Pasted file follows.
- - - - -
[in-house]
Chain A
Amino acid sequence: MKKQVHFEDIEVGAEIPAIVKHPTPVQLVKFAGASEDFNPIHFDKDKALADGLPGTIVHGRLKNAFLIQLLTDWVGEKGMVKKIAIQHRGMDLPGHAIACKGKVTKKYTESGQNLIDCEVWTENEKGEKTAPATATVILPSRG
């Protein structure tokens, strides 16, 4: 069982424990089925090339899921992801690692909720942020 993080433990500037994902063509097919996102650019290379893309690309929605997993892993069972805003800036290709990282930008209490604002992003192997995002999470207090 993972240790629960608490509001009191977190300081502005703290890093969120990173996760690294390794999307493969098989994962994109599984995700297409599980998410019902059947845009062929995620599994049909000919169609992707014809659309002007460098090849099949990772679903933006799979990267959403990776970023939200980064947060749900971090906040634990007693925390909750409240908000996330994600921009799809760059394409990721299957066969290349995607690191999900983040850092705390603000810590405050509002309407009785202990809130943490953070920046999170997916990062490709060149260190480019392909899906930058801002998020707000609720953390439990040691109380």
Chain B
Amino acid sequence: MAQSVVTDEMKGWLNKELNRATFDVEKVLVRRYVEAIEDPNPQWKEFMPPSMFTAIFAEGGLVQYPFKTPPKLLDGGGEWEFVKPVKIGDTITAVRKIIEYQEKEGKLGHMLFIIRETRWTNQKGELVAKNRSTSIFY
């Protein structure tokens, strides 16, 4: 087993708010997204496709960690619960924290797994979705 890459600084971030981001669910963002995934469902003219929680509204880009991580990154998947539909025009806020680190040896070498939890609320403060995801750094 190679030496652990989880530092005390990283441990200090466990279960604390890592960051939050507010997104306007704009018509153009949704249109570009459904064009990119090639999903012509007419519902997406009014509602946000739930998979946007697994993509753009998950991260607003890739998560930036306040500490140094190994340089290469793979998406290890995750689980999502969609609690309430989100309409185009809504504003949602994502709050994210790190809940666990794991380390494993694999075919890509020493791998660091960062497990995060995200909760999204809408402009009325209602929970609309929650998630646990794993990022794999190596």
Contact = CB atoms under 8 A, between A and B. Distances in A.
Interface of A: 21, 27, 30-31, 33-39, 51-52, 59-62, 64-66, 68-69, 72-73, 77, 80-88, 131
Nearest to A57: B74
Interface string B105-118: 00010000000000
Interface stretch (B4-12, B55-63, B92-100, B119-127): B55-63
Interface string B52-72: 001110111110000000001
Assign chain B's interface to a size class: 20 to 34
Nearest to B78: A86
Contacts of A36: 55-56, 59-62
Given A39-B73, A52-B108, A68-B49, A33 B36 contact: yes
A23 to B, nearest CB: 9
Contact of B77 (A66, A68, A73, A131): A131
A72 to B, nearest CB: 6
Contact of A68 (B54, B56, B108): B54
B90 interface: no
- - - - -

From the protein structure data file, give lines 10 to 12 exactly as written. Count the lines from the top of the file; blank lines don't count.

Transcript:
Nearest to A57: B74
Interface string B105-118: 00010000000000
Interface stretch (B4-12, B55-63, B92-100, B119-127): B55-63